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June 2007

Conservation Connection June 2007

Conservation Connection - October 2006

 

NOTE: All links have been removed from this archived newsletter. For more information on any topics mentioned, please use our website Search bar above.

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In this issue:

  • Conservation evening
  • Skiers and wildlife
  • Logging ramp-up
  • Prairie shell-game


auction friends

Friends enjoy last year's auction.
Photo: Curt Gerston



Celebrate Summer with Conservation Northwest

There's still time to register for our 4th annual Hope for a Wild Future benefit auction this Thursday at the Woodland Park Zoo. Let us take you on a journey through the incredible Columbia Highlands and other key landscapes we are working to protect. You'll also meet the winners of the I-90 "Bridging Futures III" art contest and learn about successes for wildlife in the I-90 corridor.

While the kids enjoy a private tour of the Zoo and dinner in the Zoomazium with zoo staff and Conservation Northwest volunteers, you'll enjoy good food, warm conversation, and other community committed to conservation. Bid on silent and live auction items, including unique experiences, weekend getaways, Northwest wines, and more!

 

 

 

Winning I-90 Wildlife Bridges artwork

Common-ground agreement protects old growth and wildlife corridors while allowing ski area expansion.



 

Leaving a Place for Wildlife near Snoqualmie Pass

In a positive move for Cascades wildlife, the Sierra Club, Conservation Northwest, Alpine Lakes Protection Society, and Ski Lifts, Inc., operator of The Summit at Snoqualmie, have agreed on a new plan for the ski area at Snoqualmie Pass. The common-ground alternative rises from more than a year's worth of citizen collaboration. The result is a plan that protects key wildlife habitat while allowing the ski area to grow. The agreement helps protect the forests of Hyak Creek and the only upper elevation wildlife connection remaining between the North and Central Cascades.

In other I-90 wildlife news, the third annual I-90 Bridging Futures competition celebrates a future for wildlife bridges and healthy wildlife with winning artwork from gradeschoolers Brenda of Wenatchee and Sandra of Tacoma, who tied for first place with their drawings. Both will be honored at our annual "Hope for a Wild Future" auction.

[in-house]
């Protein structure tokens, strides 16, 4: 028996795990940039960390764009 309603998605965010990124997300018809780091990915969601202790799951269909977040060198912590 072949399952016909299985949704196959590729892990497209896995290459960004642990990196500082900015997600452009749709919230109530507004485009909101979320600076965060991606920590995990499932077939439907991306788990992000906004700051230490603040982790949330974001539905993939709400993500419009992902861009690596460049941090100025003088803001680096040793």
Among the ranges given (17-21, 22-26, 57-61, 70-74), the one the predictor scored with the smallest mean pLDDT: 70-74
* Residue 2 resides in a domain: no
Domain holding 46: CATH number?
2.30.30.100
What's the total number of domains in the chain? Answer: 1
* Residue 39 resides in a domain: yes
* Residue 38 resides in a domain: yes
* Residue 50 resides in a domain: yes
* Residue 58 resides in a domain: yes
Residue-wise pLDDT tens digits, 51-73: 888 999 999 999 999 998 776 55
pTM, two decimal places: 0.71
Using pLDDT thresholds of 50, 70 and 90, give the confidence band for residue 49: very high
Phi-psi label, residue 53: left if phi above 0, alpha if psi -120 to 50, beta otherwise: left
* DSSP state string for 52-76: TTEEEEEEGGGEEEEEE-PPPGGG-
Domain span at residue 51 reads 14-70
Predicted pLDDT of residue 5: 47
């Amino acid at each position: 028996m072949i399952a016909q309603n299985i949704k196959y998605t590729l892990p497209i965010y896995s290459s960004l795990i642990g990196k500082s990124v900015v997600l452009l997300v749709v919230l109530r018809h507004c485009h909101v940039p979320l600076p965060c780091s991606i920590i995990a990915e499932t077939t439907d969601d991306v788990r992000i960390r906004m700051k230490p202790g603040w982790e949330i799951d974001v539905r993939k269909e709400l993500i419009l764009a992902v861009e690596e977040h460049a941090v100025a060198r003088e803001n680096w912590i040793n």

northern spotted owl

Juvenile northern spotted owl. The owls need the open understory of old-growth forests.
Photo: Grant Wiegert


 


 


 


 

Like Disco and Polyester Pants, Old Growth Logging Is Out of Style

It's like the return of a bad dream: The Bush administration, under the guise of owl "recovery," is trying to kickstart an old-growth logging program, despite the fact that almost 90% of the region's ancient forests have already been lost to logging and other development. First, the US Fish and Wildlife Service, under the direction of political operatives, released a draft "recovery" plan for the imperiled northern spotted owl (a gentle bird that lives in old-growth forests), laying the groundwork for eliminating old-growth reserves across the Pacific Northwest. Then, just last week, they proposed to cut 1.5 million acres (about 25%) from habitat determined to be critical to the survival and recovery of owls.

People in the Northwest care passionately about protecting ancient forests and the owls and other wildlife that depend on them. Tell the Bush administration that old-growth logging is out of style, that their "recovery" plan is not sufficient, and that you want sound science, not politics, to direct endangered species conservation efforts. To genuinely help the spotted owl recover, all remaining mature and old-growth forest habitat must be protected. Agency efforts should focus on thinning young, dense second-growth forests instead.

 

 

South Puget Sound oak woodland prairie

Last minute deal puts the Cross-Base Highway back before voters this fall.
Photo: Cross-Base Highway Coalition


 


 


 

 

Cross-Base Highway Back on Ballot

The Cross-Base Highway, if built, would destroy one of the last and best remaining south Puget Sound prairies, believed to be possibly the rarest habitat in North America. As we last reported, the highway was first removed from a roads package going before voters this fall. But in a last minute agreement between Pierce County officials and local conservation groups, the highway was added back into the regional transit plan.

Conservation Northwest did not sign onto this compromise package because the agreement reached does not identify a viable alternative to building the highway across the prairie. The compromise merely defers the debate and decision over the highway by several years, when a transportation solution and viable alternative exists today. Conservation Northwest believes such a delay is an irresponsible waste of taxpayer time and money. In the meantime, we are moving forward with litigation over the highway proposal.

 

 

 

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